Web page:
J101 samples the RF drive from the EZ-Tuner input, and applies the signal to an input of the inverter U101a. Diodes D101-D104 condition the input signal to avoid voltage swings that could damage U101. The purpose of U101a, which has a high impedance CMOS input and a low-impedance output, is to buffer the signal at the input of U103, a high-speed decade divider. U103 divides the frequency by ten, and its square wave output is divided again by ten by U102, so that the frequency of the square wave appearing at Port P15 of U104 is equal to 1/100 of the frequency of the transmitted signal. This signal division converts an e.g., 30MHz signal to a 300 kHz square wave, which falls within the counter range of the BS2-SX. The actual frequency counting is done in software.

Ports P12-P14 provide output signals for the two stepper motor controller boards. P12 and P13 provide step pulses for stepper controllers, and P14 provides a TTL level specifying clockwise or counterclockwise direction. Note that a third stepper motor can be controlled from P11, which is also used to control the rotary solenoid. The circuit board was designed so that either a rotary solenoid or a stepper motor could be used to control the EZ-Tuner inductor, at the discretion of the builder. Changing from one to the other requires only a minor software revision.

C. Stepper Motor Driver Circuit: The circuit of Sheet 3 shows a general purpose controller for a unipolar (6 wire) stepper motor. The circuit has several switch-selected options that make it extremely easy to interface to any microcontroller. Some features of the stepper driver include:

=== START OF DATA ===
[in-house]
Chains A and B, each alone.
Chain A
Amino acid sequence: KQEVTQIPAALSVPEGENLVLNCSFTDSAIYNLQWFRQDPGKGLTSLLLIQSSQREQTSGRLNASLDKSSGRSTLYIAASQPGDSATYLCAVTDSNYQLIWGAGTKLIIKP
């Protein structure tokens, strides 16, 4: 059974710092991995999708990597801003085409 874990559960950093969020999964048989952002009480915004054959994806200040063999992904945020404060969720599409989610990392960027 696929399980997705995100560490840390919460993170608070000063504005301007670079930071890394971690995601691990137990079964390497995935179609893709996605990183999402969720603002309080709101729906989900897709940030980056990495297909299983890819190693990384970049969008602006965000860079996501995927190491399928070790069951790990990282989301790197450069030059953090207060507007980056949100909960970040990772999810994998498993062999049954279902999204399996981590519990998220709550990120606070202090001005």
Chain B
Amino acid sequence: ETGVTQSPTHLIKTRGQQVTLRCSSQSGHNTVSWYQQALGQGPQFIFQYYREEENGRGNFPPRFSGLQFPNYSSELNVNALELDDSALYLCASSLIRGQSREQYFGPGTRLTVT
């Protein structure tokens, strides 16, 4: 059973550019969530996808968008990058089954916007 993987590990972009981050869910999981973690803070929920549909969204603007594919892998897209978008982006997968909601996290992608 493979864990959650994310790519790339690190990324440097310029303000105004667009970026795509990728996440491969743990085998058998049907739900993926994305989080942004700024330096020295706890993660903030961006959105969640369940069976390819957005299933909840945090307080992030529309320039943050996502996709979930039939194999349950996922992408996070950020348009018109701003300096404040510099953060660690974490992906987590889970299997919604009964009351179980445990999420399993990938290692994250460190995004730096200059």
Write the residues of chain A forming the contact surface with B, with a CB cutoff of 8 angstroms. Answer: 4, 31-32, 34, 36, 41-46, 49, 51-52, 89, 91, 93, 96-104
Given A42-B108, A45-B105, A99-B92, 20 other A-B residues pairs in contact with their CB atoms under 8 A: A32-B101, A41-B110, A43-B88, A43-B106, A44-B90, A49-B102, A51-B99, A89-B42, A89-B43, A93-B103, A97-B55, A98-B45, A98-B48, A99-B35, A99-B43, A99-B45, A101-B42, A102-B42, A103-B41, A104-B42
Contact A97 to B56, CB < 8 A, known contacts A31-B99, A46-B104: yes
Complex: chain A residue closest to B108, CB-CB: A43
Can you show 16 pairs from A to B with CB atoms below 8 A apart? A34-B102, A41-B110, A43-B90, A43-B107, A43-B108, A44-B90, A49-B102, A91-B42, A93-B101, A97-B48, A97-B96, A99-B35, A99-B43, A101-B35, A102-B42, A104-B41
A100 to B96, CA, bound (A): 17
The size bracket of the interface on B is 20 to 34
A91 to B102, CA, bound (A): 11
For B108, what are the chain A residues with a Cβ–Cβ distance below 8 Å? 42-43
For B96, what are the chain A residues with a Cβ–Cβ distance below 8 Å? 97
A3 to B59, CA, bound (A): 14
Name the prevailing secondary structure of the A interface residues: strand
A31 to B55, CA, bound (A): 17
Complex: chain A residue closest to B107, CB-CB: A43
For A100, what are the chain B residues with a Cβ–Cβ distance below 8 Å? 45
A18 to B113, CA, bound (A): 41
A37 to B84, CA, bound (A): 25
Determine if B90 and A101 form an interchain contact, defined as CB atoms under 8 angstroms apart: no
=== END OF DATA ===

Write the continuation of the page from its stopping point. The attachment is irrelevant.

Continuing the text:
1. Optical isolation between the motor driver circuit and the logic circuits, providing isolation from motor-induced noise and RF interference. The circuit is intended for use in strong RF environments.

2. An on-board timer that disconnects power from the stepper motor 0.2 seconds after the last control pulse has been received. This feature is used in the EZ-Tuner, but for other applications, the power-off feature may be controlled by the microcontroller or disabled completely.

3. Motor steps and direction are controlled by only two wires: (1) a step input, which can be a rising or falling edge TTL pulse or square wave; and (2) a rotation direction determined by a TTL HI (CW) or TTL LO (CCW) level.

4. An on-board +5V regulator, that can be used to power external control circuitry in applications that do not require complete optical isolation.

5. Stepper motors of from 5 - 28 Volts may be controlled, with up to 1A per phase.

Stepper Motor Driver PC Board

Circuit Description: The stepper motor is controlled by U201, which consists of four hi-current (1.5A) switches in a single DIP package. Each section of U201 contains a built-in safety diode, which protects U201 from inductive motor spikes. Resistors R207 and R215 limit the current through the center tap of the motor windings for power supply voltages Vs that exceed the motor ratings; these resistors are jumpered if no current-limiting is needed. U210 is a +5 Volt regulator for the internal circuitry of U201. As described below, U210 can also be used (in other applications) to power the rest of the control circuit as well as any external circuits